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roberlt
11-17-2007, 09:16 PM
At work we just moved in to a new (for us) building.
The power coming in is marked "208 3 Phase/120v AC" if I understand correctly 1 208 line and neutral gives 120 VAC.
I need to wire up a couple of 220V single phase motors and was wondering if this is possable ? 2 electricians say no, 2 say yes but don't remember how to do it.
All help is thanked,

Rob

J Tiers
11-17-2007, 09:23 PM
It is 208 phase-to-phase, and 120 phase to neutral.

The 208 is only about 5% low for 220, so a 220 motor should be OK wired from phase-to-phase. Isolation and insulation should be OK for that usage, it really isn't much different from 220.

JoeFin
11-17-2007, 09:34 PM
208 single phase is what it is called

Just use any 2 of the hot lines (120v ea.) and connect as normal

dicks42000
11-17-2007, 09:37 PM
OK sounds pretty much like I have here at my shop. Building is supplied with 120/208 VAC. Lighting and plug-in loads are supplied between any phase conductor and neutral. Try to balance the current draw per phase....

As for heavier loads, eg. motors, try to use 3 phase if you can. Motors are cheap, easily reversed, run smoother etc. All has been said before on here.
To directly answer your question, heavier single phase loads like water heaters, larger motors etc. are powered by any 2 phases. (208 VAC line to line). If the motor was nominally rated as a 240 V motor it will draw a bit more current at the lower voltage to produce the same amount of horsepower, but it shouldn't matter much.

If you have some sort of motor starter with overload heaters, you may have to change the heaters to prevent annoying tripping if you're operating near the high end of the motors rating.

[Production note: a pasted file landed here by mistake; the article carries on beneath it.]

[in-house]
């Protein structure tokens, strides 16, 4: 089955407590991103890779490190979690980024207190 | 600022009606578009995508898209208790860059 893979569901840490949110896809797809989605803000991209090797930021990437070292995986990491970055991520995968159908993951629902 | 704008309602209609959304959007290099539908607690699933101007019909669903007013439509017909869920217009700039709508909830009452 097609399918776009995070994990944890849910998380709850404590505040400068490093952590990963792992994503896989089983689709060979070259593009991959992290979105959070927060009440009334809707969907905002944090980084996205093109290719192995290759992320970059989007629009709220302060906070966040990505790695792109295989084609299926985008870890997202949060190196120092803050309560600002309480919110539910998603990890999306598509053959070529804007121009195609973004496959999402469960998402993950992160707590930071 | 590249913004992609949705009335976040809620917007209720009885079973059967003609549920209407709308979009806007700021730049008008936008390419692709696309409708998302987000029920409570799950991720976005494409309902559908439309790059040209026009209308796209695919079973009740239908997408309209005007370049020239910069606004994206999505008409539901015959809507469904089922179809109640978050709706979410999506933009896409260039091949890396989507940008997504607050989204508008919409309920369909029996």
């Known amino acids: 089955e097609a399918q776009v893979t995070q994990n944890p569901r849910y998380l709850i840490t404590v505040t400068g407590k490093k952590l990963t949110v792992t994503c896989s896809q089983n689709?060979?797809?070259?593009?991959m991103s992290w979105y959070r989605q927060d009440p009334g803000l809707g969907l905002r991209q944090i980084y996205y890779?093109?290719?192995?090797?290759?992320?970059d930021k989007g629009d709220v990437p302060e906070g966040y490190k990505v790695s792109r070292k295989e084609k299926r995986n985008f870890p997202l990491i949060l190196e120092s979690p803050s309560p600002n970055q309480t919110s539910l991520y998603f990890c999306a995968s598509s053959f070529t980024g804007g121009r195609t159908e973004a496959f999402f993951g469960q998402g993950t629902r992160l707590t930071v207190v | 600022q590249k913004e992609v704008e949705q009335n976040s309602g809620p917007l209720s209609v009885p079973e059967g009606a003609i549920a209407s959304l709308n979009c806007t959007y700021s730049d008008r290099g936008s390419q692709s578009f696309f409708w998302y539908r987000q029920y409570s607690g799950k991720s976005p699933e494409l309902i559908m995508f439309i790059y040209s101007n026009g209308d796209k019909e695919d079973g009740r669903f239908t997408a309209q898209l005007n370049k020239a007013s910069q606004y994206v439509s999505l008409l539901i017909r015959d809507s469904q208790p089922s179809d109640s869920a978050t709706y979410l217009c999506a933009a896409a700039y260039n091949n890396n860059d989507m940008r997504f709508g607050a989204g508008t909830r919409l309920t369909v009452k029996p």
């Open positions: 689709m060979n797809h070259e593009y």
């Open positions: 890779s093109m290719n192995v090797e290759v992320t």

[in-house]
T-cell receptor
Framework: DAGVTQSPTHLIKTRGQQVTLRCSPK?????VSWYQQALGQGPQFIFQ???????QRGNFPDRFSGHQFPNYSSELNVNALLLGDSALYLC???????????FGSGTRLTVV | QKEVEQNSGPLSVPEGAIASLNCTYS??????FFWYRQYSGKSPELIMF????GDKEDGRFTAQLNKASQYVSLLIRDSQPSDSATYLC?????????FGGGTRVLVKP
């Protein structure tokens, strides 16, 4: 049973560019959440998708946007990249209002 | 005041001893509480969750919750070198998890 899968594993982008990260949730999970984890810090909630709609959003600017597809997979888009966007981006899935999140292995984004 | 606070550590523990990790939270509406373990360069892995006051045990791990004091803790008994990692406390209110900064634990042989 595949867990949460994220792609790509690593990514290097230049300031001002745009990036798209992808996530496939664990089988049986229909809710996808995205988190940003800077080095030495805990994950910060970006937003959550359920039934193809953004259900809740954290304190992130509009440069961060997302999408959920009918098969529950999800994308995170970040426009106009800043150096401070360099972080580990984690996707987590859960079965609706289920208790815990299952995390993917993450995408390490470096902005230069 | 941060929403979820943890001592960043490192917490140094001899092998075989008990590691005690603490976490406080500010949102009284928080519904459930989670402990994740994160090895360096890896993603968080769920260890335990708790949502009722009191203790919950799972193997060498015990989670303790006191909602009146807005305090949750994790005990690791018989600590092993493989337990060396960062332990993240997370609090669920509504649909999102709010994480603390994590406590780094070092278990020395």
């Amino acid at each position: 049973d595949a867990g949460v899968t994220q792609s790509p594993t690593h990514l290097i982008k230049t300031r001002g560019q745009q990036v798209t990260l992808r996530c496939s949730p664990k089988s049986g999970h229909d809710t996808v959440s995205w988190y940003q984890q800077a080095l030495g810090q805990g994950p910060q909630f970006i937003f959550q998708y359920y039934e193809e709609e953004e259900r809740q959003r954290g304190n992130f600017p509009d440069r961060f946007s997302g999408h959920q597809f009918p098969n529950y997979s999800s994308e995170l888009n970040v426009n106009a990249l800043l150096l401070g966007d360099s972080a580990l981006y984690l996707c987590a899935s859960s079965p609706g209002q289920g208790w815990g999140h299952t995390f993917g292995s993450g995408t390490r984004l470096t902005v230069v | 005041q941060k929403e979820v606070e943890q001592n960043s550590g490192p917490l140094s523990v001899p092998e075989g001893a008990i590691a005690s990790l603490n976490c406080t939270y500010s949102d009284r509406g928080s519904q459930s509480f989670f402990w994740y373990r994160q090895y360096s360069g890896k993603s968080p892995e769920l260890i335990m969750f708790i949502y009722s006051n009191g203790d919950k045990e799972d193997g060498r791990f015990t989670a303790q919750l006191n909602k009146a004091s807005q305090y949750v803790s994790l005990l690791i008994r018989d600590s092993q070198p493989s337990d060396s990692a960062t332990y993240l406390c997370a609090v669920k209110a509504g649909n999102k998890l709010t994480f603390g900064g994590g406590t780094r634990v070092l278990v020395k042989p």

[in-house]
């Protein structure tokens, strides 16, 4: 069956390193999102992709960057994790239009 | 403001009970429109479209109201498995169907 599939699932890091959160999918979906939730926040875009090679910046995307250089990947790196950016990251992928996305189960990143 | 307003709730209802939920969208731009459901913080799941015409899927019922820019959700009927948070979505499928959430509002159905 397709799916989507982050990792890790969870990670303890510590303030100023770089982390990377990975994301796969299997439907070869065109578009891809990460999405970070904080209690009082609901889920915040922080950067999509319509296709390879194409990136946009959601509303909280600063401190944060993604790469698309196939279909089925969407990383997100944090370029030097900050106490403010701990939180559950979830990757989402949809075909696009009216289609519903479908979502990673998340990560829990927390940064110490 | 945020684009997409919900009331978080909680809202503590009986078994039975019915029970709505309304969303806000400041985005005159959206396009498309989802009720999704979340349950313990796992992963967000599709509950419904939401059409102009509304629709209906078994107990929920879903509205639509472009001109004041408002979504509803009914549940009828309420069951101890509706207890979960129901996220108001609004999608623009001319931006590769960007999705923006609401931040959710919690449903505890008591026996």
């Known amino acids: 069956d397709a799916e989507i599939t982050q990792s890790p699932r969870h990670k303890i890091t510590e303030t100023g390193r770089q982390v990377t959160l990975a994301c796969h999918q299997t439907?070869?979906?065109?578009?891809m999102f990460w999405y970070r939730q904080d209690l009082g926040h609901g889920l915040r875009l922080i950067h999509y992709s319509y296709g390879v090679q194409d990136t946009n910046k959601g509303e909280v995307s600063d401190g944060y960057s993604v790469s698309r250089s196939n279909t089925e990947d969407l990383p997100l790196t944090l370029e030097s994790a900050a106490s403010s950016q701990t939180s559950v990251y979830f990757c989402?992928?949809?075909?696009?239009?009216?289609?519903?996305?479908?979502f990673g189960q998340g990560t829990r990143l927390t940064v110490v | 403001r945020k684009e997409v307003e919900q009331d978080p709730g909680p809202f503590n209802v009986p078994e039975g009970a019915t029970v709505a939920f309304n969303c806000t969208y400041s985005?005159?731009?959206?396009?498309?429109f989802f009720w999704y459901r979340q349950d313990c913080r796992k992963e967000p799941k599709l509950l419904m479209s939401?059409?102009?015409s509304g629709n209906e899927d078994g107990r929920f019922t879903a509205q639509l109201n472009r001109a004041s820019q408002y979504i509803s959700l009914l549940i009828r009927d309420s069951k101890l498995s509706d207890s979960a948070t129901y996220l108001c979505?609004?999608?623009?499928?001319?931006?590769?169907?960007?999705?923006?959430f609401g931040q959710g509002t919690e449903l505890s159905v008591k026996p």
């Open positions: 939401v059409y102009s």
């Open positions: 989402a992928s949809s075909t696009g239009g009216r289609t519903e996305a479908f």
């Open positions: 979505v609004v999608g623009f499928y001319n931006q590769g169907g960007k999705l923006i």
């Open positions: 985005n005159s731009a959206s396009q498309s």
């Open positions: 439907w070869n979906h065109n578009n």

My guess is that you have some sort of machine that currently has single phase motor(s) and controls & you don't want to rewire it. If you have any 120 Volt controls, lights etc. on that machine, you'll still have to run a neutral as well to provide 120 V.

Hope that helps;
Rick

b2u44
11-17-2007, 09:43 PM
One word of caution that I was given by some electricians when I was performing a similar task was the following:

If you load two of the 3 legs heavily, the 3rd can increase in voltage -- substantially in some cases. My situation allowed me to distribute my "208 volt, single-phase" loads across the 3 legs (i.e. connect one load to A&B, one to B&C, and one to A&C). That worked very well and I had no problem with voltage spikes.

I do not know if there was any truth in the advise that I received but I figure that I'd pass it along. I'm not professionally trained as an electrician either.

J Tiers
11-17-2007, 09:53 PM
That is perfectly correct for some instances, and good to do in all cases.

Try to distribute the single phase loads around the phases equally. Of course 3phase loads are balanced by nature.

roberlt
11-17-2007, 11:22 PM
Thanks for the help. My concern now is a 220V motor @ 15A and a 220V motor @ 28A (flywheel grinder).

Thanks again,

Rob